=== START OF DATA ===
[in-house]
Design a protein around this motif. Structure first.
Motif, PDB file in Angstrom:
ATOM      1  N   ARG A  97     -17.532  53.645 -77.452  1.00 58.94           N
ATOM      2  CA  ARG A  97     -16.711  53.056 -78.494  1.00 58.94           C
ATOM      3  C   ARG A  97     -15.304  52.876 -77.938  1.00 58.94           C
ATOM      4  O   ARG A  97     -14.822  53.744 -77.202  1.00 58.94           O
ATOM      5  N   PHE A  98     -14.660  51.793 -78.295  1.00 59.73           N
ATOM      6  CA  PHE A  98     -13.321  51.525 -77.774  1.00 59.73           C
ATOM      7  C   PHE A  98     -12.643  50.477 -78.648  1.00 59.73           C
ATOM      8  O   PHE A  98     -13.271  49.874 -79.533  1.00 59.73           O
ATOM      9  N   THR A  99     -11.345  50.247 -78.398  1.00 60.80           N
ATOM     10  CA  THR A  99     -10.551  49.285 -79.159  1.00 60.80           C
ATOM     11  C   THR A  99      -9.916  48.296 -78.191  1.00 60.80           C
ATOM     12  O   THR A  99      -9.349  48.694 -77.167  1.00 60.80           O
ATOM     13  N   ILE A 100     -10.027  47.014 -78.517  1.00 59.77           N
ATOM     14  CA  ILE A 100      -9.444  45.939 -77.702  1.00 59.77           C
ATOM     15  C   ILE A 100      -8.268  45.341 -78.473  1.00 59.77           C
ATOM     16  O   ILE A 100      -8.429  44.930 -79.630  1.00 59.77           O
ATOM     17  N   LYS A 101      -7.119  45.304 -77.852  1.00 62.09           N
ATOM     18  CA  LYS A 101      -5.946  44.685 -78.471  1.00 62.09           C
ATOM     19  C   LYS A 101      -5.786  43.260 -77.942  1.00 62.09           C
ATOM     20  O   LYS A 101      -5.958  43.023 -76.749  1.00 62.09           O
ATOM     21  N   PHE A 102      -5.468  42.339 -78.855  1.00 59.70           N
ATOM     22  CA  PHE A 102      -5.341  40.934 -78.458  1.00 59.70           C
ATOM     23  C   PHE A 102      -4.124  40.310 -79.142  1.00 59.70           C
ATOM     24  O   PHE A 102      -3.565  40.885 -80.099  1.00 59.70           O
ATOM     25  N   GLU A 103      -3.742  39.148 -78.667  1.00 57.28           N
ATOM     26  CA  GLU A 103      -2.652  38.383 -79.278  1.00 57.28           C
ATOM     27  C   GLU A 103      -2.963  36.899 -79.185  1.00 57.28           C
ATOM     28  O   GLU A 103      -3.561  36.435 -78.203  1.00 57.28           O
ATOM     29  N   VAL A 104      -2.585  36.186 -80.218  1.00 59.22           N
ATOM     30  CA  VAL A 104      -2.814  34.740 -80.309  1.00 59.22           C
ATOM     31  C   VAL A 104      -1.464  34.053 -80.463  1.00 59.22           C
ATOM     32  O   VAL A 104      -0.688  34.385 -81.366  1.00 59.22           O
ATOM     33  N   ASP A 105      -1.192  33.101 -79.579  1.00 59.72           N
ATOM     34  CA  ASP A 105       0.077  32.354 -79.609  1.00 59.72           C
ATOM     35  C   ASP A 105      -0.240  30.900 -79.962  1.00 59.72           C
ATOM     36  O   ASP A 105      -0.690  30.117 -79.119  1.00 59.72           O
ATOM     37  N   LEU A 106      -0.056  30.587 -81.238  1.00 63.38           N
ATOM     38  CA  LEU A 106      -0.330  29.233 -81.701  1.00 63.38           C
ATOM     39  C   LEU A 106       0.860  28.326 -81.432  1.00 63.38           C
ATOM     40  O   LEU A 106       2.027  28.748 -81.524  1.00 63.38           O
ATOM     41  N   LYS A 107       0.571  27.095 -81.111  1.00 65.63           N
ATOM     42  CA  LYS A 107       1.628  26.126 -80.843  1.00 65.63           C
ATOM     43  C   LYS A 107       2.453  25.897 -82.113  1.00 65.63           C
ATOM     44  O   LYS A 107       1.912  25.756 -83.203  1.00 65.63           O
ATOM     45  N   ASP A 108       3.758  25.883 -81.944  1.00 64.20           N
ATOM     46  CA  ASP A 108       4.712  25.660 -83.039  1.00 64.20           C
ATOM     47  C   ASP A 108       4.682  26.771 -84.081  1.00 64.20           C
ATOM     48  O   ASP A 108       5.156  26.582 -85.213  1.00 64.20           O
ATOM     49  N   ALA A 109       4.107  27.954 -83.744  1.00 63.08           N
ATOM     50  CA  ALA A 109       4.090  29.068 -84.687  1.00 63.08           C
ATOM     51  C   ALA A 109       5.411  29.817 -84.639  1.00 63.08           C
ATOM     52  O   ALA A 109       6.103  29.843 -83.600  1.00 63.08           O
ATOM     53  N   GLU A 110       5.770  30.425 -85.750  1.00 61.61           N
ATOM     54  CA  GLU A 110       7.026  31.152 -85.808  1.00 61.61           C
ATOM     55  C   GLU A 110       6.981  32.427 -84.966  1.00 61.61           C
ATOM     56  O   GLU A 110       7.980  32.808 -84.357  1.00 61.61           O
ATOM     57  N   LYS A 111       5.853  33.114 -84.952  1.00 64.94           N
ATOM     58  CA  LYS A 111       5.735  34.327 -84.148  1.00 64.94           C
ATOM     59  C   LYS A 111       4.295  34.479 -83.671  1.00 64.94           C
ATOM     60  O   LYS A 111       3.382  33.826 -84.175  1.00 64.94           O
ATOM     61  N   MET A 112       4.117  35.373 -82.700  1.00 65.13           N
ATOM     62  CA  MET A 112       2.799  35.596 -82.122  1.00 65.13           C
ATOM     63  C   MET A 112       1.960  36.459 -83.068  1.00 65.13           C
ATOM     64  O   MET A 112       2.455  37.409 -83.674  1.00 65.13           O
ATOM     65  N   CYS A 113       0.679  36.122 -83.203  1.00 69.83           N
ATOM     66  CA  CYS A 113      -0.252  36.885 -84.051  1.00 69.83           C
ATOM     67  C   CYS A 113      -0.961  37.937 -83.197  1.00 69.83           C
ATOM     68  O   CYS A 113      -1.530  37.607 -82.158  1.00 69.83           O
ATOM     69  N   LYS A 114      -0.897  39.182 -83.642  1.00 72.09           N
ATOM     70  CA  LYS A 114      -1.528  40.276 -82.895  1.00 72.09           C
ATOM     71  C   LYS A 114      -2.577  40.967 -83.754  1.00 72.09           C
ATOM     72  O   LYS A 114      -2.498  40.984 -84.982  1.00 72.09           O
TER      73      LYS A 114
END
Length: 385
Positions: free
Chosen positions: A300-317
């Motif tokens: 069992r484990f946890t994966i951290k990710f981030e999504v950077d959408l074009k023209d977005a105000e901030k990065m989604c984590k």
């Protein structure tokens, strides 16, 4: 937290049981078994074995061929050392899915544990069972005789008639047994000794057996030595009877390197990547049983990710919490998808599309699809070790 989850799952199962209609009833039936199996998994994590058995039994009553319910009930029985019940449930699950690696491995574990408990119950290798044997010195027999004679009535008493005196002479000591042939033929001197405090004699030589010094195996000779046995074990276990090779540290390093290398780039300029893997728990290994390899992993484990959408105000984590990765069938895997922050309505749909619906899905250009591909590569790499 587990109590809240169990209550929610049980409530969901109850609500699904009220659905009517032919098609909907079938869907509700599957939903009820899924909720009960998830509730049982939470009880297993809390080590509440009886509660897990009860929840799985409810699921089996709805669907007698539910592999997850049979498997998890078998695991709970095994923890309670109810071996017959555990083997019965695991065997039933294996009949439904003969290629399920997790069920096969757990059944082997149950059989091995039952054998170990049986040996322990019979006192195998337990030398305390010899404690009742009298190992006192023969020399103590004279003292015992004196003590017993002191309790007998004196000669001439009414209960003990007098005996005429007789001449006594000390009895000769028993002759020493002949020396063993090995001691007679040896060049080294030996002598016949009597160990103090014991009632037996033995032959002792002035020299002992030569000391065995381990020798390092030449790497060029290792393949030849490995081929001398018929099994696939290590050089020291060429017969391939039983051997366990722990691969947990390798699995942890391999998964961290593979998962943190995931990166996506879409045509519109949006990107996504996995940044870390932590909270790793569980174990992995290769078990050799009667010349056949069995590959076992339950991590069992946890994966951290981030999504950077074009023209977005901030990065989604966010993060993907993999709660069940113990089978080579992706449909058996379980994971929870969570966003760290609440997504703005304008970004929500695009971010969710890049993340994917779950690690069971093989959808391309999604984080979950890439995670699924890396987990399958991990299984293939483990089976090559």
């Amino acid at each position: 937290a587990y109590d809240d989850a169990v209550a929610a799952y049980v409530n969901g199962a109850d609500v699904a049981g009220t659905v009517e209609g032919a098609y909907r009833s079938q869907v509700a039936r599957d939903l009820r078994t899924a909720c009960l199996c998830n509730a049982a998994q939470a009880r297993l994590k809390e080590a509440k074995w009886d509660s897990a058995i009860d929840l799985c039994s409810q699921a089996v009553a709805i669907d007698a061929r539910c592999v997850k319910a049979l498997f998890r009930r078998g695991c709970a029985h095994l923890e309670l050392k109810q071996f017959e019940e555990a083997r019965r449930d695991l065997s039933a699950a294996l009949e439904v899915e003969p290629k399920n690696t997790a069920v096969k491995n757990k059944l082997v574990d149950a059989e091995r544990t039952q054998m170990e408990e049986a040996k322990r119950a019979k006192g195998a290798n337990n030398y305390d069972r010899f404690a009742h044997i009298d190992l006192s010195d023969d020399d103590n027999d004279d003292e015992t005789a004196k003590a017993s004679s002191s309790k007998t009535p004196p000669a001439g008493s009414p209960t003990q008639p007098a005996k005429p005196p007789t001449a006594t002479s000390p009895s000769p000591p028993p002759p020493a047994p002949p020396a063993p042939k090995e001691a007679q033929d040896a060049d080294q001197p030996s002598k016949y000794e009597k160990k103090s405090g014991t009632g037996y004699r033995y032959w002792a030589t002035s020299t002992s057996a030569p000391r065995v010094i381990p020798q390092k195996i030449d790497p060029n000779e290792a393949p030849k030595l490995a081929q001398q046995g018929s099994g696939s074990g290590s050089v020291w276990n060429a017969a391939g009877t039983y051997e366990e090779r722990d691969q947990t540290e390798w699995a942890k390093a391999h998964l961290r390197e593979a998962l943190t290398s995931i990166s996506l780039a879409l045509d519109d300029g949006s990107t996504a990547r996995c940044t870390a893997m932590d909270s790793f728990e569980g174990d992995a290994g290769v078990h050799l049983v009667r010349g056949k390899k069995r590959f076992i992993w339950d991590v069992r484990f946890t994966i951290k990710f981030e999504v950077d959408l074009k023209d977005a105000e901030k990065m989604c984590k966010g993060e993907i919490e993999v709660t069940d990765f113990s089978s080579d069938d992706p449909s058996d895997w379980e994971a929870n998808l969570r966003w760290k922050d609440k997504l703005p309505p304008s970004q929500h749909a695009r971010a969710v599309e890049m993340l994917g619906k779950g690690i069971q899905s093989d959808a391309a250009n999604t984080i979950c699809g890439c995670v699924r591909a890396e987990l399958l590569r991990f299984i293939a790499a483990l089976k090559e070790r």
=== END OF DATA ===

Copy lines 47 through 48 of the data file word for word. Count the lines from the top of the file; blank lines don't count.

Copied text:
ATOM     44  O   LYS A 107       1.912  25.756 -83.203  1.00 65.63           O
ATOM     45  N   ASP A 108       3.758  25.883 -81.944  1.00 64.20           N